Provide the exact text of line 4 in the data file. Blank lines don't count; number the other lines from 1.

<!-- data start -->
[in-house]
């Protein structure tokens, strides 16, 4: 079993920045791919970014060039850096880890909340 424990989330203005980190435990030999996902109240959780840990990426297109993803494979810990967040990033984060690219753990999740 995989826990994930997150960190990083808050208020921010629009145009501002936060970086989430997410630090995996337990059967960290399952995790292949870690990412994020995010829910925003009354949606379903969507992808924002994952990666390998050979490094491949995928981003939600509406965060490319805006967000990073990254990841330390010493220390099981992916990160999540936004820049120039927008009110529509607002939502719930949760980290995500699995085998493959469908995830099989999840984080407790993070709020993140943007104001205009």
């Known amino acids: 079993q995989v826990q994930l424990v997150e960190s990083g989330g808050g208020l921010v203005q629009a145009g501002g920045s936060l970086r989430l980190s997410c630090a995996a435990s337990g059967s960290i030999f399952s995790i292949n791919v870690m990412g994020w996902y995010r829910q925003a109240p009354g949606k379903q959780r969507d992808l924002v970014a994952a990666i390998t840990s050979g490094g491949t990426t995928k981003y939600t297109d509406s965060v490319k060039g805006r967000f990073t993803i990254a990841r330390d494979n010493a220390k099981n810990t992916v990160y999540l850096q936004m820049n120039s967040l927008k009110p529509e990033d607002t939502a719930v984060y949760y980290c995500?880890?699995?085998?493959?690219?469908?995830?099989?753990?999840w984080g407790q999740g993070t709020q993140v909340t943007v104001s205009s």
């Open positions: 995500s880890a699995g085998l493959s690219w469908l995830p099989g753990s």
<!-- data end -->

């Open positions: 995500s880890a699995g085998l493959s690219w469908l995830p099989g753990s």